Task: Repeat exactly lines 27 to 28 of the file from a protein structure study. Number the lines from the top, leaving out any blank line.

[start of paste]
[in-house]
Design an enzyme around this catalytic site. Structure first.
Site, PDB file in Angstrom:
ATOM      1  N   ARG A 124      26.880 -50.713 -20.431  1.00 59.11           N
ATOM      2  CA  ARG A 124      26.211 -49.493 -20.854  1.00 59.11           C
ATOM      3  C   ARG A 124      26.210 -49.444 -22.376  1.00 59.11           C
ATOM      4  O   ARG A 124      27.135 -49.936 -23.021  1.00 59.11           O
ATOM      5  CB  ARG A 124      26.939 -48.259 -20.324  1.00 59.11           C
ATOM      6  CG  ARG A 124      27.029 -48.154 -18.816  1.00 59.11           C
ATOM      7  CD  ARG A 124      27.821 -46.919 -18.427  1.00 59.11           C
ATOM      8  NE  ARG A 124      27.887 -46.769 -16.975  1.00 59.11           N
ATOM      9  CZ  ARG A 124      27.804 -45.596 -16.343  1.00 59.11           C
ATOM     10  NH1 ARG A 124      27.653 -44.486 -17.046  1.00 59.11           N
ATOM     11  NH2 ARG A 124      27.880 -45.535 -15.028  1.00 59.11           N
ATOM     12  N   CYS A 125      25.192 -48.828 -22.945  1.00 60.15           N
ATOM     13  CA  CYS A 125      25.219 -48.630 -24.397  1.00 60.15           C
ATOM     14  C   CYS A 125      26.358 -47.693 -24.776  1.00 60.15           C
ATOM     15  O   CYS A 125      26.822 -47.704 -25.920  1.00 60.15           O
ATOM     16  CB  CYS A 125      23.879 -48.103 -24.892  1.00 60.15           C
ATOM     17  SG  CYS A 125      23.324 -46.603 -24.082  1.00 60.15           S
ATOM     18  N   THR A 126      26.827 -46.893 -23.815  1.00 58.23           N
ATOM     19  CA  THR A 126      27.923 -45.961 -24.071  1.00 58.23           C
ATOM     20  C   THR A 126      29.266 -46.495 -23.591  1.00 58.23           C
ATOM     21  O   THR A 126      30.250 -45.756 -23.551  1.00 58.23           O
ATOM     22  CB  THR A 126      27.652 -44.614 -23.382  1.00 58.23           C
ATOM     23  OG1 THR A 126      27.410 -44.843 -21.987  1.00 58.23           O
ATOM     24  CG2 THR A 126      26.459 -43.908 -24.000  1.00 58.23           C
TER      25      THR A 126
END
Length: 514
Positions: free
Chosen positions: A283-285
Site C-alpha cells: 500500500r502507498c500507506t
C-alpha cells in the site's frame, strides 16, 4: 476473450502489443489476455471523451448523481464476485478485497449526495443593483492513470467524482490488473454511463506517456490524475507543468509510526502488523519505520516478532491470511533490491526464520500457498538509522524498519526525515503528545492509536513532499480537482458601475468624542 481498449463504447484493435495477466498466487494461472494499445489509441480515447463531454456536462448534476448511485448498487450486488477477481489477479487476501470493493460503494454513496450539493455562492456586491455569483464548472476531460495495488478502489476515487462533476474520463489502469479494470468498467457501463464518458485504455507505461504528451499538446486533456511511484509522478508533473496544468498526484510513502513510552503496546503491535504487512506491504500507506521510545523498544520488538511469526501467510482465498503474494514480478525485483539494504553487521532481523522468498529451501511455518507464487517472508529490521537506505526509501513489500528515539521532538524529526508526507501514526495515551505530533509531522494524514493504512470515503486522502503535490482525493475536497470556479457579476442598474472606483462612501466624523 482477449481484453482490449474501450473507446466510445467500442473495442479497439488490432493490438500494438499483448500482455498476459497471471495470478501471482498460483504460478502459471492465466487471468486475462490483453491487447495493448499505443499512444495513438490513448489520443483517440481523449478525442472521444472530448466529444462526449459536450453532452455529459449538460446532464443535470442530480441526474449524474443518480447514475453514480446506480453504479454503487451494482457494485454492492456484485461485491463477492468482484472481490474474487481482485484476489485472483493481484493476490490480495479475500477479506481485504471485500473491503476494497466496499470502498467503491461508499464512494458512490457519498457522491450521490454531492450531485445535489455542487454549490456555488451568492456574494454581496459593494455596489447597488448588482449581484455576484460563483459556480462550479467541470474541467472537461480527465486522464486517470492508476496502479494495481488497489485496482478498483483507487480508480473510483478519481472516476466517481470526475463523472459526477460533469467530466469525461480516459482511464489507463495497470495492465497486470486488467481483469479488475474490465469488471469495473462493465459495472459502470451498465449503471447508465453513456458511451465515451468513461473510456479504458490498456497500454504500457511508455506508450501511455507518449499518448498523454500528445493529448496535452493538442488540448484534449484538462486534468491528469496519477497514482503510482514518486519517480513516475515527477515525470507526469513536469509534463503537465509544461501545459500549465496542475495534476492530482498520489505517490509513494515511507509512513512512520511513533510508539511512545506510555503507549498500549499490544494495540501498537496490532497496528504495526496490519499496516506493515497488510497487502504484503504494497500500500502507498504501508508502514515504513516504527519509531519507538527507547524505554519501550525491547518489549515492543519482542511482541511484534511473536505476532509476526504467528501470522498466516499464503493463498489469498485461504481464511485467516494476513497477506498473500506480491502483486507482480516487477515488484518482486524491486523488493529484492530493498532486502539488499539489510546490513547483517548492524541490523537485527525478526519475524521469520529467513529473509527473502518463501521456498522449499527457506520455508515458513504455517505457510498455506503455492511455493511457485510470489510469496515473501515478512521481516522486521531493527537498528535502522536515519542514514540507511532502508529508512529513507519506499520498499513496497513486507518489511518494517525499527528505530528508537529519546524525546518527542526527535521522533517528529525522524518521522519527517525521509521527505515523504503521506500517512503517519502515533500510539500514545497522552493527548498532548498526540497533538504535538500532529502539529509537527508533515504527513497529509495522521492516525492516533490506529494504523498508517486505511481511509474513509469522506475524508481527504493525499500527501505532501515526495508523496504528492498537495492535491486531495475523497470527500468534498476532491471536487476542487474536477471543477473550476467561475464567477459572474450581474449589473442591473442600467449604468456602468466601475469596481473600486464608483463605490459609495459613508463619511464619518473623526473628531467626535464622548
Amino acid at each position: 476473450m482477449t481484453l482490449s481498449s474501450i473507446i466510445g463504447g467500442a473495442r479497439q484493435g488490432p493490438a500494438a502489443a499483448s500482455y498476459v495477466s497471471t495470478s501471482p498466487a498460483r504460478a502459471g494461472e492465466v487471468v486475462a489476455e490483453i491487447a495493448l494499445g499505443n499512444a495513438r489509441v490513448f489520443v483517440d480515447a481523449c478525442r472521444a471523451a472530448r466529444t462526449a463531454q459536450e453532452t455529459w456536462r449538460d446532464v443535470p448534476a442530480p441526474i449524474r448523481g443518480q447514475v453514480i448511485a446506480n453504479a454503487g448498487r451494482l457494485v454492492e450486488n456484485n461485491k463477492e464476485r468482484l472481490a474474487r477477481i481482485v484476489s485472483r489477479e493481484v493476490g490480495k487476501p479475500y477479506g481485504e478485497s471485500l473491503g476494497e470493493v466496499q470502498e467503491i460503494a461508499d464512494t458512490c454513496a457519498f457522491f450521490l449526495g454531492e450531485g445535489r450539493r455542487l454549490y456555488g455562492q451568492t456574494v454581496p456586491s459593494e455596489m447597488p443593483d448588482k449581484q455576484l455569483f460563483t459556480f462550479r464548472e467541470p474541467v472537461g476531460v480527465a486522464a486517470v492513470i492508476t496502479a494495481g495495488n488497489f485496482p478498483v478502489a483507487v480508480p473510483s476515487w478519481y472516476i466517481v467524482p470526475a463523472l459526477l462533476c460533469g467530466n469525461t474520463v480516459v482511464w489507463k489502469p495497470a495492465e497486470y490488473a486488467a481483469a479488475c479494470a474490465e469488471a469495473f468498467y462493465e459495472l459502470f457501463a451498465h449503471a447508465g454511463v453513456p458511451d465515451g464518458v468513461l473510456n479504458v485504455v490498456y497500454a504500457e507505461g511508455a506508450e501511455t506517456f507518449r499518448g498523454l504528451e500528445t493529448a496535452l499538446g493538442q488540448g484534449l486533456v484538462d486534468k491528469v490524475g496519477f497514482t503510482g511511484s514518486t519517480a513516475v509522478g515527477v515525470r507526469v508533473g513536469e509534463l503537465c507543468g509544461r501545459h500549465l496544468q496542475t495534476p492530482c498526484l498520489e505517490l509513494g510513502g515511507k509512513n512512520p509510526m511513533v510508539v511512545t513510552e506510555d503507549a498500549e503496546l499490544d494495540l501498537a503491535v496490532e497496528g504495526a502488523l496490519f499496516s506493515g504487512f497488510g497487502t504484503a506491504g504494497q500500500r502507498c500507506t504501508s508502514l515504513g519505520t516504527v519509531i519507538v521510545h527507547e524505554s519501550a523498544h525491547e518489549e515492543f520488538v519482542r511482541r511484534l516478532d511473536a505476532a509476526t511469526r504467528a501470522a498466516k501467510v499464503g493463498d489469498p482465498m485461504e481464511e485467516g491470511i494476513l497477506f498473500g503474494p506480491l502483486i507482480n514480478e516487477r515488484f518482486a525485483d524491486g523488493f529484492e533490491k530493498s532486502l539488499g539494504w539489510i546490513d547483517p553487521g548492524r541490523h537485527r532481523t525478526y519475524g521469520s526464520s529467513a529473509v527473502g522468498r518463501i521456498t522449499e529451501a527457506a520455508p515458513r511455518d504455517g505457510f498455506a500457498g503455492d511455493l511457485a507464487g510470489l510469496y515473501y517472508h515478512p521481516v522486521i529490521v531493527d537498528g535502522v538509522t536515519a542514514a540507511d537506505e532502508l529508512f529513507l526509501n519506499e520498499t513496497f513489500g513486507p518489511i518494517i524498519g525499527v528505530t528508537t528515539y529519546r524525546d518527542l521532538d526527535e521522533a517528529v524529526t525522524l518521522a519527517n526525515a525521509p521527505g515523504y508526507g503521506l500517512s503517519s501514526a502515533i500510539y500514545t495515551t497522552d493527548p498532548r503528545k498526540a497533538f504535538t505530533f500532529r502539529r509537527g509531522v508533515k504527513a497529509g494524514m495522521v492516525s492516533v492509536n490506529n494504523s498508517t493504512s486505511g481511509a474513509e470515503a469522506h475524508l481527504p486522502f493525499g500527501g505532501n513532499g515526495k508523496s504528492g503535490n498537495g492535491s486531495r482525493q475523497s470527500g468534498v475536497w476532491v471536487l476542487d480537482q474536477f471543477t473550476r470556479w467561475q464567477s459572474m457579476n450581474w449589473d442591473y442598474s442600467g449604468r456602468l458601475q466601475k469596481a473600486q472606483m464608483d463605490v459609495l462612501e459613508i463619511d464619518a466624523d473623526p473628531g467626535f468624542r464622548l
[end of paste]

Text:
ATOM     24  CG2 THR A 126      26.459 -43.908 -24.000  1.00 58.23           C
TER      25      THR A 126